Are we all just crazy for flying gyro's

Tina

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I ask this question because of another Thread that was started called "PRA EXPOSED"

I some how insulted John "All In" for not yet flying a gyro. That was not my intent but I can see why people thought that is what I was doing.

After reading and talking to some people I started thinking maybe John is the smart one here. Are we all just crazy flying these contraptions.

I have a new guy in my life that is a FW pilot and he is always referring my gyro and people that fly gyros, as crazy. I get that a lot from everyone I know and talk to that do not fly gyros.

I am starting to think the same thing now and question my insanity. I may have jumped all over John "All In" because of my self dought on why I fly a gyro in the first place.

It really hit home the other day when I was filling out a Life insurance policy and it said "void if you commit suicide or fly a experimental aircraft" What are they saying? Flying a experimental aircraft is like suicide?

Then I think life is short and you should live it to the fullest even if it kills you right?

I don't know the answers, I guess I am at a cross road and will have to work this out. I think I will go fly my gyro tomorrow morning and find out how I feel then.
 
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PW_Plack

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...I think I will go fly my gyro tomorrow morning and find out how I feel then.
Tina, I'm betting that if you ask yourself while you're flying your gyro, it will be obvious that the people who limit themselves to flying at high altitudes, always in a hurry, and as simply a means to reach a destination are the crazy ones. ;)
 

Paul_Zurawski

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I think people who live in cities and drive in traffic are crazy. Or scuba dive, or parachute. I am totally sane in my gyro:) Its just your perspective of what crazy is. If the other people werent crazy, they would be a boring group.
 

All_In

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Tina, I know you. I didn't take it as jumping on me. We've talked about this before the first time we met and I understand your perspective. I wasn't insulted at you then and certainly not now.

The way you approach flying your gyro it is safe! I sure don't think you're crazy for flying gyroplanes, that's for sure.

Now as for myself, I've never been sure I'm not the crazy one, I've never done things the same way others do or they think I should do them.

Don't worry, be happy!
 

StanFoster

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Tina- Flying gyros is one of then neatest sports in my opinion and the majority ''''Here''''. There in lies the problem. I would fly my gyros to fly-ins. or to airports where I would be the only gyro....and even though the gyro attracted the most interest...many times I would be standing around the several people looking at my gyro...and people not knowing it was mine would say stuff like....not for me....unsafe....etc....etc....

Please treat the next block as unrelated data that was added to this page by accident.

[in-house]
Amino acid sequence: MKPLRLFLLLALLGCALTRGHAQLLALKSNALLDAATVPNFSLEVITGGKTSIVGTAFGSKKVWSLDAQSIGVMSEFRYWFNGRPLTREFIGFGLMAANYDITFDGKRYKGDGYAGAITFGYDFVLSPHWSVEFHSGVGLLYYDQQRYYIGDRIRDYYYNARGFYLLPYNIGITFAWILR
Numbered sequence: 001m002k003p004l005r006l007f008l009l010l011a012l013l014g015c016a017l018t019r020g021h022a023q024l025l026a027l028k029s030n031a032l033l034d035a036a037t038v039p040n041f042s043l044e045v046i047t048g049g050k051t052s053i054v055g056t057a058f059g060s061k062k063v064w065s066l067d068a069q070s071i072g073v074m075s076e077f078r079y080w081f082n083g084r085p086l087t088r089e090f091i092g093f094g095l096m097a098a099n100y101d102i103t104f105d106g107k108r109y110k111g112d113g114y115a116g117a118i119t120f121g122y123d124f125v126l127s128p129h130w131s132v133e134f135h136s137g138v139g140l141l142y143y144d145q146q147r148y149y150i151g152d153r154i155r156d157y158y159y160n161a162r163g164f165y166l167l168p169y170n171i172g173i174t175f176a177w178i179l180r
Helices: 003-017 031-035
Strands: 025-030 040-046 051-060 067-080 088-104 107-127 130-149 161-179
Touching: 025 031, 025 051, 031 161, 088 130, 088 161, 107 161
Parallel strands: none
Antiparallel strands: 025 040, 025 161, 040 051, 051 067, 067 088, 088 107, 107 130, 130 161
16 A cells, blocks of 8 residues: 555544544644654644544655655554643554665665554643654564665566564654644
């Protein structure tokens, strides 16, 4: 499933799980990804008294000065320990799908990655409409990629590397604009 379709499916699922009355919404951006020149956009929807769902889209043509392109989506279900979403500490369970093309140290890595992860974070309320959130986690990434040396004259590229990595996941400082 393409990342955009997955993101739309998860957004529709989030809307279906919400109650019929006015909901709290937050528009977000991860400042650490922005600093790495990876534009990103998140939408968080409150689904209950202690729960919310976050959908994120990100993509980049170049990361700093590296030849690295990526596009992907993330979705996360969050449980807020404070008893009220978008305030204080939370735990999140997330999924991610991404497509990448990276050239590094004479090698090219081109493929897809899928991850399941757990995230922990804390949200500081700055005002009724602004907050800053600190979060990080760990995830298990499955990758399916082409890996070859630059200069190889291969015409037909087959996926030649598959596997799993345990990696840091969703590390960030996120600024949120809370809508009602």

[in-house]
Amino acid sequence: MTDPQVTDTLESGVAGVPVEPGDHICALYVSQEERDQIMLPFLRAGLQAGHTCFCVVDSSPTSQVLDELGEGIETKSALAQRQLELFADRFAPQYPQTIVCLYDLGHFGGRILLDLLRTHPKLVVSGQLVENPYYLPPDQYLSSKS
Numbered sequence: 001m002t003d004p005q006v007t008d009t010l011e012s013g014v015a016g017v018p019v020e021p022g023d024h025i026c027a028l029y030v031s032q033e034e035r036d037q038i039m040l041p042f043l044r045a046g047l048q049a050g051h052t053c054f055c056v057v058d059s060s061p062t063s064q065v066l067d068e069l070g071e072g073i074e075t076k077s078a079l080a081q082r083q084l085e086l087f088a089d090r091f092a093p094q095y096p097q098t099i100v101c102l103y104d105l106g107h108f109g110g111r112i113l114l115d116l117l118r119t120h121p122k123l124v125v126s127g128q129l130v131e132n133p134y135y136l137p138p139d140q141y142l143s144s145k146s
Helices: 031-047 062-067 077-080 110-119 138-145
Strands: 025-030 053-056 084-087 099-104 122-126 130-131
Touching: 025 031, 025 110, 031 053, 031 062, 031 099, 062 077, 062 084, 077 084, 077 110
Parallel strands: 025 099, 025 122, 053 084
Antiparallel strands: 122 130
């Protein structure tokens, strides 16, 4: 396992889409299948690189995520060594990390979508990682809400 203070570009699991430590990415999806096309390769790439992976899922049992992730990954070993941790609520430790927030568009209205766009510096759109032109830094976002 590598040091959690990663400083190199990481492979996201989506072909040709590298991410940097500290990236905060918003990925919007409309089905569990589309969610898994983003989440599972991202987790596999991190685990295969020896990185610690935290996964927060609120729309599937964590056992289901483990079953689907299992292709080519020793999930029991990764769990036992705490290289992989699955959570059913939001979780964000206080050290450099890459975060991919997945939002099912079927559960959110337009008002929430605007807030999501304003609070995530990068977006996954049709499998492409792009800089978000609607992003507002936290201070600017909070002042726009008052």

I would try to tactfully tell them that even though I can understand their opinion....what they need to do is go to a major gyro fly-in and watch dozens of these machines and pilots fly for days, just having a ton of fun. Then just go up and ask any of these pilots their opinion of flying gyros. Seeing a bunch flying was the biggest confidence booster for my ownself getting into one of these machines and experiencing it.

I find the same situation about the Helicycle. Most even here on this forum havent seen a "bunch" of them flying....maybe one or two. Even though I had flown hundreds of hours in gyros....I was very skeptical of any homebuilt helicopter....until I zeroed in on the Helicycle. Just like in gyrocopters...my biggest confidence booster was watching a bunch of these fly over at Homer Bells fly-in each year. That and talking with all kinds of Helicycle pilots gave me confidence to get one myself.

General aviation will take a long time to accept gyros...simply because practically all of them will never go to a major gyro fly-in and see what is really a neat sport.

Stan
 

Lee Scatt

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Thinking about,or worrying about what is gonna kill you is more detrimental to your health than anything else.
 

jcarleto

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We are all quite crazy for climbing out of the primordial ooze. Viva la wacko!!!
 

scottessex

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The biggest danger in life, (besides idiots on cell phones), is sitting in front of the TV, your Butt swells up, your gut expands, and your brain turns to mush. But motorcycles and airplanes are dangerous.......You can either live life, or avoid it.
 

JRB549

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"I may be crazy...but it just may a lunatic your lookin for...... " If by what I fly makes me crazy, then I say with one finger stuck in my nose, "huh"
 

C. Beaty

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I think it was Pete Johnson who related this story:

Pulled into a gas station in rural Georgia with gyro on trailer.

Old Gentleman at gas pump, covering all bets; “Does that thing go on land or water?”

Reply: “It flies.”

Old Gent; “I wouldn’t get out of the electric chair to get in that thing.”
 
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barnstorm2

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Skiing, horse riding, motorcycling, hunting, scuba, driving to work all have risks involved.

I have been motorcycling since I was 13 (illegally on the road sometimes, until I was 14 and got a moped).

At that time motorcyclists were seen as crazies and worse. There were many places that did not welcome motorcycles. At one point I had a hard time finding an apartment because I owned a motorcycle.

Society is finally starting to get 'a clue' about motorcycles and now it is even quite hip to ride a scooter around town.

Pilot society is the same way.

I actively fly to as many events as I can with my gyro or Connies Experimental airplane.

Sure , we get the occasional "I would not fly that" comments but you know more and more I get people saying things like, "That is really flying" or "you must really feel the joy of flying in that" and I am finding people are more knowledgeable about gyros in general now.

Flight in a gyro is too magical to let those afraid of new and different things keep me away.
 

SnoBird